The Fifth Quarter: Lions
By: Mark Solway
Category: Washington Redskins News
Here are the Fifth Quarter rankings:
The dawning of a new era? The emerging of a young star? How about just the best game of NFL football that Jason Campbell has played to date. Campbell looked like a savvy veteran against Detroit, not a guy with less than a dozen games of experience.
Not only did Campbell set personal bests in both completions (23) and yardage (248 yards), he looked poised and confident for sixty minutes, and led his team to victory. Those numbers may not be huge for a passing offense, but in the Redskins scheme, they're near perfect. Campbell was officially 23 of 29 and had two touchdowns, one to Chris Cooley (7 yards) and one to Mike Sellers (8 yards). Unofficially, his quarterback rating was 126.8.
Antwaan Randle El was Campbell's favorite target in the first half, hauling in a massive seven catches for exactly 100 yards. Unfortunately, El tweaked his hamstring at the end of the first half and couldn't play at all in the second.
It didn't seem to matter to Campbell. He stood tall in the pocket all day long and went through his reads. Whether it was the primary receiver or one of the check-downs, Campbell seemed to find open receivers time after time. Eight different Redskin receivers caught passes - including three guys that hadn't caught a ball all year long - Brandon Lloyd, Keenan McCardell, and James Thrash.
Cooley finally got to do a little more than just block, and finished with four catches, 29 yards, and the touchdown.
As peculiar as it sounds, the Redskins won the game without running the ball particularly well. Clinton Portis did have eighteen carries and posted 72 yards, but he also fumbled the ball at what could have been a critical juncture in the game.
Collectively Redskin runners managed over 100 yards (118) but neither Portis, nor Ladell Betts were particularly dominant.
The most dominant Redskin back was Sellers; he was an absolute beast. On top of his eight yard touchdown reception, he also had a pulverizing one-yard touchdown run that had to have most Redskin fans asking, 'Where was that against the Giants?' Campbell just handed the ball to Sellers on the one-yard line and the big fullback just wouldn't be denied; three or four Lions got a hand (or more) on him and he even ran into one of his own players, but he still ended up in the end zone. Big Mike had an unusually high five carries for 24 yards, to go along with three receptions for 36 yards*.
The Redskins defense went up against a supposed 'powerhouse' offense and shut them down to the point that the 'experts' are questioning whether they were really that good in the first place. The defense played it's best game in at least two seasons, and stifled the Lions offense at every turn.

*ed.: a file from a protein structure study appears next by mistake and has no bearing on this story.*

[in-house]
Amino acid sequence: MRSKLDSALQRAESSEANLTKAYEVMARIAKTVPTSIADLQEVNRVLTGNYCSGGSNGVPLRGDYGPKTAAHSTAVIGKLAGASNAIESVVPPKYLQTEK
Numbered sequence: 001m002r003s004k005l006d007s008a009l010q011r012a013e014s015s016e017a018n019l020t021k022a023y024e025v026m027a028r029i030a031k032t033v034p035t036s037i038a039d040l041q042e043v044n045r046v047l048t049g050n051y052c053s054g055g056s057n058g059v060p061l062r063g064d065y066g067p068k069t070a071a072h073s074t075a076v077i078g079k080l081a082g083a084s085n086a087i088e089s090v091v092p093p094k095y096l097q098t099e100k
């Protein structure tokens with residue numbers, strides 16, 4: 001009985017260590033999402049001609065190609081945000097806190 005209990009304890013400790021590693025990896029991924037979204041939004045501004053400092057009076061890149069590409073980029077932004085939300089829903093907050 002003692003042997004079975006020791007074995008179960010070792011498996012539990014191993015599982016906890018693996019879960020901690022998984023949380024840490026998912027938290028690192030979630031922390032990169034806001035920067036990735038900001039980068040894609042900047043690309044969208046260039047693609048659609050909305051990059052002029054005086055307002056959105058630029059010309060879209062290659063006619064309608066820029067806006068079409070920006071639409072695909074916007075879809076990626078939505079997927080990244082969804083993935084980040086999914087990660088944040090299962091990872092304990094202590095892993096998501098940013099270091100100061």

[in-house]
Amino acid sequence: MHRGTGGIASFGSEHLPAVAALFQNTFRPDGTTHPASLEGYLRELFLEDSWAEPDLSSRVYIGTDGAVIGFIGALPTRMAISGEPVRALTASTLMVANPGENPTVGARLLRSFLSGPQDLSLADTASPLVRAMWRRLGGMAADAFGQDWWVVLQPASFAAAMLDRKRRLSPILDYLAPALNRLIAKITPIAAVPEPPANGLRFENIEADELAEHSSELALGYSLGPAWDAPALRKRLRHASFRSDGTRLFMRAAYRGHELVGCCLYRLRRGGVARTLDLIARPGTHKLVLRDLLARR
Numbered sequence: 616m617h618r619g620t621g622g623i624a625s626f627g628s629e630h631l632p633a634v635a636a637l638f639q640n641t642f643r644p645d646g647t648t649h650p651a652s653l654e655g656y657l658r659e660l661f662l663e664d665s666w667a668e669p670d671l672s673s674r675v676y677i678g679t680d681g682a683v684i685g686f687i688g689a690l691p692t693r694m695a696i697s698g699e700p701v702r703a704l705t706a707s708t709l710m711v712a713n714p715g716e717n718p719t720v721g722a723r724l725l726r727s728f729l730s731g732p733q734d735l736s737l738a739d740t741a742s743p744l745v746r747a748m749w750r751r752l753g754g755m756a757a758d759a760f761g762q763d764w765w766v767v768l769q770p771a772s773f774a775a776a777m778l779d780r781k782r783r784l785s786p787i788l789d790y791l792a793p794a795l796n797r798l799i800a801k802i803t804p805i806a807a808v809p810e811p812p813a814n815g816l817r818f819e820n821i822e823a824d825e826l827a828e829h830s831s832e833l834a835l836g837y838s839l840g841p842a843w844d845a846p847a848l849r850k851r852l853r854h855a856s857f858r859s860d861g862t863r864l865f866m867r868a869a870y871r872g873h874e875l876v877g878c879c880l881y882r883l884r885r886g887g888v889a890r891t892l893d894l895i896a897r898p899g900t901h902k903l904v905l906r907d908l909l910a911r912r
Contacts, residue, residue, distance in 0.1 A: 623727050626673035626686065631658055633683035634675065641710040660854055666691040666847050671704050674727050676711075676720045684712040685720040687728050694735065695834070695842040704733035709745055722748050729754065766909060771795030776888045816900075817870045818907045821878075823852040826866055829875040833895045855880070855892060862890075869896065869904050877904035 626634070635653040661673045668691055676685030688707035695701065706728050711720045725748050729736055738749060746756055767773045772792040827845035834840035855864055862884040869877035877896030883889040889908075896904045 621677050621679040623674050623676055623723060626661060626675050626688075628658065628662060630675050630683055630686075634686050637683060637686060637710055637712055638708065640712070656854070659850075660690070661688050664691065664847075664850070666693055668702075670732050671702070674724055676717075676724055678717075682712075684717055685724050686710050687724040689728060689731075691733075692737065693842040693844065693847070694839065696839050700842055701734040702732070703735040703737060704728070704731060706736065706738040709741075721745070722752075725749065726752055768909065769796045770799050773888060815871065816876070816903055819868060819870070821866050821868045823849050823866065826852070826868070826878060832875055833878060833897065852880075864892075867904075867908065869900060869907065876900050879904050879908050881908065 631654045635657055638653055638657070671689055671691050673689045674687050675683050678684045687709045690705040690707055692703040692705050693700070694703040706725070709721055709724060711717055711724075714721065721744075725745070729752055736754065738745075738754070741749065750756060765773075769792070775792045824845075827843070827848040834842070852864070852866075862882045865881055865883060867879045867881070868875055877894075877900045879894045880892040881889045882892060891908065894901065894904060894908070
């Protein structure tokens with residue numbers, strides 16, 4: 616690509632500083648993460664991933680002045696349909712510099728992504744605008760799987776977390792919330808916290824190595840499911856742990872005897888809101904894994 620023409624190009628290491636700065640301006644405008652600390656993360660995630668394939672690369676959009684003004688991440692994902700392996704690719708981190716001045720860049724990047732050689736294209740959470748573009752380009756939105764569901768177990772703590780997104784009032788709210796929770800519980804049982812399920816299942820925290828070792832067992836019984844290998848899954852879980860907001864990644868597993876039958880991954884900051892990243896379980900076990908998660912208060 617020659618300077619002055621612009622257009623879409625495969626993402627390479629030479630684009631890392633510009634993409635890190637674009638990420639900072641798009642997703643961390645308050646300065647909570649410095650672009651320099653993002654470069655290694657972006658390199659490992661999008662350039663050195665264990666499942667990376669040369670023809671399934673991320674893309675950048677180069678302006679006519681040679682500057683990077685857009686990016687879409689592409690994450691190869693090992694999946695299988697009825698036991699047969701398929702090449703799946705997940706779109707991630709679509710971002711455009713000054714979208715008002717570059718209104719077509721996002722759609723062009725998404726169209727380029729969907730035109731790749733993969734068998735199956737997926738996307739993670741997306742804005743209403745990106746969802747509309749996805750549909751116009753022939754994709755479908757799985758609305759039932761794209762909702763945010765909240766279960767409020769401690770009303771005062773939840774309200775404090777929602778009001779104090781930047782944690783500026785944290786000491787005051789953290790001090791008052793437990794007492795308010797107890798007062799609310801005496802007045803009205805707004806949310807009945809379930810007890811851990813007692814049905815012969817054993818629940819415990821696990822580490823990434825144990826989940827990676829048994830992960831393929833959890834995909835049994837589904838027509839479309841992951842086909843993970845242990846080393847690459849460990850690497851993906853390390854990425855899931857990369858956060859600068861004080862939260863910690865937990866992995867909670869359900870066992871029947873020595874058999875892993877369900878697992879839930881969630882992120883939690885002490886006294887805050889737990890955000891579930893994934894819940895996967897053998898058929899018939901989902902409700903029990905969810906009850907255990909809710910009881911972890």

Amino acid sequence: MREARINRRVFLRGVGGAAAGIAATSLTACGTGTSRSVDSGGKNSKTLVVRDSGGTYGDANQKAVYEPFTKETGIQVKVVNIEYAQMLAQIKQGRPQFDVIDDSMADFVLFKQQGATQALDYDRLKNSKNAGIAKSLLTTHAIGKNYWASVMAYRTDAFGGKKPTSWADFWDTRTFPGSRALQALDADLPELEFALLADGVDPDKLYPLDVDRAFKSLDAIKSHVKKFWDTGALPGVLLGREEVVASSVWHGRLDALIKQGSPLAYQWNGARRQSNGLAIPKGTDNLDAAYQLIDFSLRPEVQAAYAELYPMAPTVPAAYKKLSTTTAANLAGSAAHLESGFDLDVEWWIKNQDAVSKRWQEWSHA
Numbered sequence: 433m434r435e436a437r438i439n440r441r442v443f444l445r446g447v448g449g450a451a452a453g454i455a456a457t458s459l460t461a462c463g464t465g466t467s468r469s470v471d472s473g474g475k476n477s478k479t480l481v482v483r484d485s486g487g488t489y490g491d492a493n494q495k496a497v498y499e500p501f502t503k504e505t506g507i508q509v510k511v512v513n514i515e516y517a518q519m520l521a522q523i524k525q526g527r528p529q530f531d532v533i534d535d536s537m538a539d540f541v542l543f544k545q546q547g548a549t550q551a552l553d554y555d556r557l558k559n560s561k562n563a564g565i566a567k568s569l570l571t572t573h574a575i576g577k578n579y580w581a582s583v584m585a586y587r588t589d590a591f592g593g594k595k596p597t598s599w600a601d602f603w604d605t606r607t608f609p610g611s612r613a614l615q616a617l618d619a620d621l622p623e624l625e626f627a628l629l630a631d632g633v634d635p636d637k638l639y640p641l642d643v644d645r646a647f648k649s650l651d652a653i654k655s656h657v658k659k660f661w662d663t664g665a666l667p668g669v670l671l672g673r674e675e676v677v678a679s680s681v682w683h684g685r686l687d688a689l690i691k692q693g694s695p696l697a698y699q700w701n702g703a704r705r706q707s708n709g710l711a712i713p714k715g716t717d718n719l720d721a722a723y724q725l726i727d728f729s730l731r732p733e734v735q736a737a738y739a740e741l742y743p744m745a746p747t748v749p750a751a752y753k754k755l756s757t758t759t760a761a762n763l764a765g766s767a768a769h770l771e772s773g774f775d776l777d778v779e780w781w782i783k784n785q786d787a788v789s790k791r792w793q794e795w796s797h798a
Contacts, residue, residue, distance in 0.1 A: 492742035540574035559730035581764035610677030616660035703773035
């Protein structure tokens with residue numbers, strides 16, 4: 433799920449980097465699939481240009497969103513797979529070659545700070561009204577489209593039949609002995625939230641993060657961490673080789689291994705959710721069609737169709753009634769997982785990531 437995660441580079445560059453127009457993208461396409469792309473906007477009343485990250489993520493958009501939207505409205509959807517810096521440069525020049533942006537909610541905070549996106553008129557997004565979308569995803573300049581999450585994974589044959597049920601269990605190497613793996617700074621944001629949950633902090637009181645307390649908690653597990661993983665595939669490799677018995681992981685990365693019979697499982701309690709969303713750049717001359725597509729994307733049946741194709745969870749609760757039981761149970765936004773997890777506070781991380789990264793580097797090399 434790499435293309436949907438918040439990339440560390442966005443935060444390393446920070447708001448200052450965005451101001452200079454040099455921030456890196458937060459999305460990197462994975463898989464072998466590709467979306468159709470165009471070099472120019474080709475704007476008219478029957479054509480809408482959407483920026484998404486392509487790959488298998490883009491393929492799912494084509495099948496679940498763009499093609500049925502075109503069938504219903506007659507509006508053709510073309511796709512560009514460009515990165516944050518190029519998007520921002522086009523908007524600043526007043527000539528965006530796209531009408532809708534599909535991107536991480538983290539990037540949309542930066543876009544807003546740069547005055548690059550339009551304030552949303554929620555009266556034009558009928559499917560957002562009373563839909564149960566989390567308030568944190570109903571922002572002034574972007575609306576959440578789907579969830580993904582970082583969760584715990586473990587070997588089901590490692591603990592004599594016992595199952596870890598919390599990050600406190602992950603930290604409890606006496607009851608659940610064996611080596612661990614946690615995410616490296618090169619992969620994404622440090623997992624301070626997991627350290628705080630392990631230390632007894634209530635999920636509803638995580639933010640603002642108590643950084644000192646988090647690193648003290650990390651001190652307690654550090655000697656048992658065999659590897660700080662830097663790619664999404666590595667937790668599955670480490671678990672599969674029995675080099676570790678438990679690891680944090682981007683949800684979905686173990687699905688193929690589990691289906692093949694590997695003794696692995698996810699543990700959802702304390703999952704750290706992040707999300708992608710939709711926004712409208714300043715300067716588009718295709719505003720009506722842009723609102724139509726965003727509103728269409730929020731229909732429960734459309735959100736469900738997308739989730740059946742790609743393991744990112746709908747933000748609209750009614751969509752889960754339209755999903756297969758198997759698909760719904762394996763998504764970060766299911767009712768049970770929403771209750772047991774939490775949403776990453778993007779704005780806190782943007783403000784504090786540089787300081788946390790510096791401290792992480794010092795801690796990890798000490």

The numbers for the defense were spectacular - a safety, six points from an interception return, five sacks and just 144 total yards of offense for the vaunted Lions' offense.
The defensive line was the best it's been for a long time. The Redskins were able to get pressure from the front four all game long, which allowed them to keep seven men back in coverage to stifle Mike Martz' passing attack.
Andre Carter had two sacks, including the one for a safety; he was a one man wrecking crew.
Carlos Rogers brilliantly jumped a route, leapt in front of a pass, and took the interception 61 yards to pay dirt.
It wasn't a perfect display of defense, but it was pretty close.
James Thrash returned a punt 62 yards; unfortunately, he was stripped of the ball at the end of the run. Rock Cartwright was following up the play and was able to pounce on the ball on the one-yard line. Regardless of how it shook out, it was a big special teams play.
Sean Taylor nearly decapitated a Lion on the return.
Shaun Suisham may have missed a field goal from 48 yards, but he got back on track with a 28-yarder, and he kicked off well all day long.
Derrick Frost only had to punt the ball four times, but he pinned Detroit inside the 20-yard line, three of those four times.
The Redskins absolutely dominated the Detroit Lions on Sunday at Fed Ex Field. It may not be worth any more than any other win is, but it should really help get the team back on track after a dismal performance against the Giants.
Up next is the Green Bay Packers at Lambeau Field. The Packers lost their first game of the season on Sunday against the Bears, and they will be out to prove that their quick start wasn't an aberration. It will be a tough contest for the Redskins - but one that they can definitely win if they play like they did against the Lions.
* - Sellers destroyed cornerback Kenoy Kennedy on one of his receptions. Sellers took the pass, lowered his shoulder as Kennedy arrived, and completely ran over him. Not mentioning it somewhere would be a disservice to the magnitude of the play. Kennedy was fine, but he definitely got jacked up!
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